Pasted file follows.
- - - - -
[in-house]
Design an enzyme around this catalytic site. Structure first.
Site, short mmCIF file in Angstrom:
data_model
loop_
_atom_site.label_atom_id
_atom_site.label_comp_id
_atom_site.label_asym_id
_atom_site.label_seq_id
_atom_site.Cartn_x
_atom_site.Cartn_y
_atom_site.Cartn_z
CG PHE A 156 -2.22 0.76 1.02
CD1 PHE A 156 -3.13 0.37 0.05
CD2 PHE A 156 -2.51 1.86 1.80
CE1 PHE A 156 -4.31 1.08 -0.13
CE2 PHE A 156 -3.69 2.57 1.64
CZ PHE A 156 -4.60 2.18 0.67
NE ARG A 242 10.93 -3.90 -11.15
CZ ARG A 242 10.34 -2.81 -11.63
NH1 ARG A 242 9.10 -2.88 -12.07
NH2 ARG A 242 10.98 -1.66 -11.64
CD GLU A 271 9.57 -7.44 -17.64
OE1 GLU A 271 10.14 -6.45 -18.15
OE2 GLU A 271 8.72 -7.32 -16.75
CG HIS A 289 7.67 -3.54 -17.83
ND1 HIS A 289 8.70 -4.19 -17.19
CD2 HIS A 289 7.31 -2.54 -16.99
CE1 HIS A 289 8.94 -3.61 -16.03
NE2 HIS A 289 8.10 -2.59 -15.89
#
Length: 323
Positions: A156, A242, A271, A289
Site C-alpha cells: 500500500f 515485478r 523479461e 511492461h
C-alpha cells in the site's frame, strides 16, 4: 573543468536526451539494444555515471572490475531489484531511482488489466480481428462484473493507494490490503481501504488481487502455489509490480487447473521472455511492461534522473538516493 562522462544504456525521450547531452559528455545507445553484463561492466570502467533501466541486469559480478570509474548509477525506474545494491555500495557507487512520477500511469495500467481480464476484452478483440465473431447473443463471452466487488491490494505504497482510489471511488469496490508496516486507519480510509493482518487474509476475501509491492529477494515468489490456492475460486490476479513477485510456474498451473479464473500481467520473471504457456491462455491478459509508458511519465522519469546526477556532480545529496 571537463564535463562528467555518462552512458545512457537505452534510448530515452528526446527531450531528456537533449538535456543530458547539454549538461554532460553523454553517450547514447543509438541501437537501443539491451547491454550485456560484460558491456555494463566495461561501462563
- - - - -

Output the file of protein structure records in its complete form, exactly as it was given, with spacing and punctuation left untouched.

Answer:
[in-house]
Design an enzyme around this catalytic site. Structure first.
Site, short mmCIF file in Angstrom:
data_model
loop_
_atom_site.label_atom_id
_atom_site.label_comp_id
_atom_site.label_asym_id
_atom_site.label_seq_id
_atom_site.Cartn_x
_atom_site.Cartn_y
_atom_site.Cartn_z
CG PHE A 156 -2.22 0.76 1.02
CD1 PHE A 156 -3.13 0.37 0.05
CD2 PHE A 156 -2.51 1.86 1.80
CE1 PHE A 156 -4.31 1.08 -0.13
CE2 PHE A 156 -3.69 2.57 1.64
CZ PHE A 156 -4.60 2.18 0.67
NE ARG A 242 10.93 -3.90 -11.15
CZ ARG A 242 10.34 -2.81 -11.63
NH1 ARG A 242 9.10 -2.88 -12.07
NH2 ARG A 242 10.98 -1.66 -11.64
CD GLU A 271 9.57 -7.44 -17.64
OE1 GLU A 271 10.14 -6.45 -18.15
OE2 GLU A 271 8.72 -7.32 -16.75
CG HIS A 289 7.67 -3.54 -17.83
ND1 HIS A 289 8.70 -4.19 -17.19
CD2 HIS A 289 7.31 -2.54 -16.99
CE1 HIS A 289 8.94 -3.61 -16.03
NE2 HIS A 289 8.10 -2.59 -15.89
#
Length: 323
Positions: A156, A242, A271, A289
Site C-alpha cells: 500500500f 515485478r 523479461e 511492461h
C-alpha cells in the site's frame, strides 16, 4: 573543468536526451539494444555515471572490475531489484531511482488489466480481428462484473493507494490490503481501504488481487502455489509490480487447473521472455511492461534522473538516493 562522462544504456525521450547531452559528455545507445553484463561492466570502467533501466541486469559480478570509474548509477525506474545494491555500495557507487512520477500511469495500467481480464476484452478483440465473431447473443463471452466487488491490494505504497482510489471511488469496490508496516486507519480510509493482518487474509476475501509491492529477494515468489490456492475460486490476479513477485510456474498451473479464473500481467520473471504457456491462455491478459509508458511519465522519469546526477556532480545529496 571537463564535463562528467555518462552512458545512457537505452534510448530515452528526446527531450531528456537533449538535456543530458547539454549538461554532460553523454553517450547514447543509438541501437537501443539491451547491454550485456560484460558491456555494463566495461561501462563